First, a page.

America's fantasy relationship with itself is tearing us apart.

Only through acknowledging America’s flaws do we allow ourselves to experience “love for country” in its truest sense.

Olly Scarff/Getty Images.

What does it mean to love one’s country?

I found myself asking this question upon reading an article in the New York Times last week: Trump’s America: Aggrieved and Adoring Voices From Inside the Presidential Bubble. I was taken in by the accompanying photograph: two women decked out in head-to-toe USA paraphernalia. They look like rabid fans at a football game or pop concert—patriotism as Beatlemania. But is that love? Or is that something else?

When it comes to other forms of love—for family, friends, and especially romantic partners—we subject our bonds to endless scrutiny. In early adolescence, borrowing narratives from novels, TV shows, and celebrity culture, we understand love mainly through fantasy. Then, as we gain experience and grow into adults, ideally, our understanding evolves. Relationships, we realize, are “nothing like the movies.” For better or worse, love, like the people who engender it, is mutable, mysterious, and rife with contradiction. Gradually, we let go of the fantasies of youth. People are flawed, we realize. Love isn’t easy. But there’s immense value in that. Love rooted in reality is richer and more rewarding. Love rooted in reality is, well, real.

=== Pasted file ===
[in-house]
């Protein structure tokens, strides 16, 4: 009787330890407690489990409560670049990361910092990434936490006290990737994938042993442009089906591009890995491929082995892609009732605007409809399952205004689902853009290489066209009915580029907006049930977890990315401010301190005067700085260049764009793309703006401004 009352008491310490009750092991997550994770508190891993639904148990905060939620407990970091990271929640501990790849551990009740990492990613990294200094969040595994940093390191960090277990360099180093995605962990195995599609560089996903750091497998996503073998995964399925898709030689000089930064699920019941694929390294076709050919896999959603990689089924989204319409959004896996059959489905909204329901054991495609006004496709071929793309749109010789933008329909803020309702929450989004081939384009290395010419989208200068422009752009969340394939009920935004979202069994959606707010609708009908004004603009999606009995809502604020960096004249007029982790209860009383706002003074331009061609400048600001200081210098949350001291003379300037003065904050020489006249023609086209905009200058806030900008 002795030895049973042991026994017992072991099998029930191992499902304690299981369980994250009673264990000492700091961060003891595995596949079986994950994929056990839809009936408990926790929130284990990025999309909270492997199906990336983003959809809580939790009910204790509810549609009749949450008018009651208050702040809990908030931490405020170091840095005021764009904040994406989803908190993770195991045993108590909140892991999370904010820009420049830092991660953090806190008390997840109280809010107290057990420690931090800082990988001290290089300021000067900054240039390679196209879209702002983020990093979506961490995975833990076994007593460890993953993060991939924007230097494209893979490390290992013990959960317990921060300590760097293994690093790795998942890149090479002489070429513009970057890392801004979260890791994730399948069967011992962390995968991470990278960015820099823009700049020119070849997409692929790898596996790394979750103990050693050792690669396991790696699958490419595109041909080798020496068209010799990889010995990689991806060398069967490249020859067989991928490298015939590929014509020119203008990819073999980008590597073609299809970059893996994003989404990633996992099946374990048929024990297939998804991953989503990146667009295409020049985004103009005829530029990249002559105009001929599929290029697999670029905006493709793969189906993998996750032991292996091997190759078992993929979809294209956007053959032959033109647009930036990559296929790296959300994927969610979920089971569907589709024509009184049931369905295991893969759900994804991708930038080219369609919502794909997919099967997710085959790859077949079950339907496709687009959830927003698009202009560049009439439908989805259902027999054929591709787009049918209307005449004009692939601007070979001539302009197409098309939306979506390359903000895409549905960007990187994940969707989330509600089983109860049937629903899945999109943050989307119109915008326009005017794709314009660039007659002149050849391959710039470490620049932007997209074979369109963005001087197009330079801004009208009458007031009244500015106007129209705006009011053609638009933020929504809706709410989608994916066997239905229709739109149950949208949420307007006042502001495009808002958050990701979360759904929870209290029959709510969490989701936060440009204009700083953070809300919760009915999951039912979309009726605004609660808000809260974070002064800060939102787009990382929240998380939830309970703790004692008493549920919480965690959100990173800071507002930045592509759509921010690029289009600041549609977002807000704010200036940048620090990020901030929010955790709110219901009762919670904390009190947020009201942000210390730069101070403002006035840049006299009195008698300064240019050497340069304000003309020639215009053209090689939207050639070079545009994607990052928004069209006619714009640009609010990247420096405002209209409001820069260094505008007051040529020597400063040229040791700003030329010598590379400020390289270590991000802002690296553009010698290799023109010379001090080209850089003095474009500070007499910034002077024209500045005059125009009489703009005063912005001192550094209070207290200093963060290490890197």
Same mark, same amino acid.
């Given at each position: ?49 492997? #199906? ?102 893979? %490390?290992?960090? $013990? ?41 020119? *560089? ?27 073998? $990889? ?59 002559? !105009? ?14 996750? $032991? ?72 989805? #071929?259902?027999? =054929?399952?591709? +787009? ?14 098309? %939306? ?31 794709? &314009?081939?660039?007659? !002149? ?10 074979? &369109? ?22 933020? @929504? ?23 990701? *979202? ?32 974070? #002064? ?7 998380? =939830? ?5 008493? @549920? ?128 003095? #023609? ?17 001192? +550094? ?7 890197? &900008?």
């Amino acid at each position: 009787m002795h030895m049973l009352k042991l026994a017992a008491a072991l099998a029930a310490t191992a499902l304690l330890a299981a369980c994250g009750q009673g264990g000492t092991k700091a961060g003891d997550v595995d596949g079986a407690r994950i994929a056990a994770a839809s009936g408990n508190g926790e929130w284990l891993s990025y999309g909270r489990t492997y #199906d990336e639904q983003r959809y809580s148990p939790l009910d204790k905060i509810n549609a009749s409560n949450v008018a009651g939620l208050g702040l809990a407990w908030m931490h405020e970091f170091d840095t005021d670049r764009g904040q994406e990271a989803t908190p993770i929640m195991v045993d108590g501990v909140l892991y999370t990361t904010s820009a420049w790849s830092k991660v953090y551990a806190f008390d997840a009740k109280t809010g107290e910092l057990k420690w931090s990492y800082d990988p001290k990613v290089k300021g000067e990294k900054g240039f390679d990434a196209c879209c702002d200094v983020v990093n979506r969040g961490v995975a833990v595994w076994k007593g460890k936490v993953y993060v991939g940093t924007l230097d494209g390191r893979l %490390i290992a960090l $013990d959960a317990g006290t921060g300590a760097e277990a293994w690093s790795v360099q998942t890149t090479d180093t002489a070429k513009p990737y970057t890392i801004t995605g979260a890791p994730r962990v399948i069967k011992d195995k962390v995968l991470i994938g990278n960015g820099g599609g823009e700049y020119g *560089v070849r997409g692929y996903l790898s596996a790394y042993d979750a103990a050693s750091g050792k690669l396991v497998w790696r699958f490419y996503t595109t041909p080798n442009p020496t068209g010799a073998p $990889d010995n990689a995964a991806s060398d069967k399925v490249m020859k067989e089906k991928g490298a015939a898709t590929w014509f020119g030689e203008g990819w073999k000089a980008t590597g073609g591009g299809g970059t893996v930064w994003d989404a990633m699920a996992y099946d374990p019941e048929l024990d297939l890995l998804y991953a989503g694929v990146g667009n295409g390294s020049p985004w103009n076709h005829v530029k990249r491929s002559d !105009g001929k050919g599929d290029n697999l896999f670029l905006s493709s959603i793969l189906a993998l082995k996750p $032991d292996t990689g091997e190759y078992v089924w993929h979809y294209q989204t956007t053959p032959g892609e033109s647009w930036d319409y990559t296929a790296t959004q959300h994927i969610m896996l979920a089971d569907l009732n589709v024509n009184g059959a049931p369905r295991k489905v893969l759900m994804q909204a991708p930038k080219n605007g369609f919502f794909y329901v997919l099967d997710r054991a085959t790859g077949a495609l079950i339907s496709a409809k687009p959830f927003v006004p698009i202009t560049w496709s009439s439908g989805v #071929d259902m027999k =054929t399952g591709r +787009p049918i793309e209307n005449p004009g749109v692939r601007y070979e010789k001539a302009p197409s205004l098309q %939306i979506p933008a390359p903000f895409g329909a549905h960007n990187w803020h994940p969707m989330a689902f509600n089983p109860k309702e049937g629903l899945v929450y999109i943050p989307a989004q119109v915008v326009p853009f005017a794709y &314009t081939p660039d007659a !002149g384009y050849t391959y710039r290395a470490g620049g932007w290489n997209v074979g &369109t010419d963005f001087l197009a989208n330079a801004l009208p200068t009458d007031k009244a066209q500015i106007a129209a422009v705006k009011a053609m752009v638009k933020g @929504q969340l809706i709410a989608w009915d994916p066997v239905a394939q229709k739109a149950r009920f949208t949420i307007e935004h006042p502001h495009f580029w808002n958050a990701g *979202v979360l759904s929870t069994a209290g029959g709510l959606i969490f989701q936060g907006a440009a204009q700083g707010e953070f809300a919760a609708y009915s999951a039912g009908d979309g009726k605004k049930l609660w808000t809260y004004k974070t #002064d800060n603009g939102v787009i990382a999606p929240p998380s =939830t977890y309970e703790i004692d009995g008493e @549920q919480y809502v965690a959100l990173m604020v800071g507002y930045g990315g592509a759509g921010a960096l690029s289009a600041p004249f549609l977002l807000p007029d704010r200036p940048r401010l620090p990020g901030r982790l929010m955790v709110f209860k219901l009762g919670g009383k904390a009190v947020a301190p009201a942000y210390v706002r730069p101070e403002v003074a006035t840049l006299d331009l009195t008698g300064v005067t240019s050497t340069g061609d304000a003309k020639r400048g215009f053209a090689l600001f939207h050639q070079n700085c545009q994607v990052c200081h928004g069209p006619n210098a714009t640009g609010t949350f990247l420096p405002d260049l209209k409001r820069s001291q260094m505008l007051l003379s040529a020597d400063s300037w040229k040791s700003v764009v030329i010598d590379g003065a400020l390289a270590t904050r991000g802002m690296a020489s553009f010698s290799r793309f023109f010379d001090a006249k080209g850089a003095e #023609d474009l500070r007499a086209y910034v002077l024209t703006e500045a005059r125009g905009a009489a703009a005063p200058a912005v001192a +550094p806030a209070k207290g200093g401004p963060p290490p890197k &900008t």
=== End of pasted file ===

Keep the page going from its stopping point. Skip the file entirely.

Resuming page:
And yet, when it comes to love for country—as the photo of these two women suggests—nuance is supposed to go out the window. There’s a rigidity to love for America in America—a resistance to growth and complexity. Patriotism, we are told, should be simple, unwavering, and pure, free of criticism and dissent—much more like loving an object (or objectified person) than an actual human being.

But does that make sense? A country, after all, is comprised of human beings: it’s an organism, not a “thing.” As such, the love we feel cannot, on principle, be simple. As in marriage, love for country is dynamic, meant to be “worked on.” As citizens, it is crucial we acknowledge and accept that complexity—not pretend it isn’t there. To do otherwise is to remain in a sort of suspended adolescence—to prefer an idea over reality.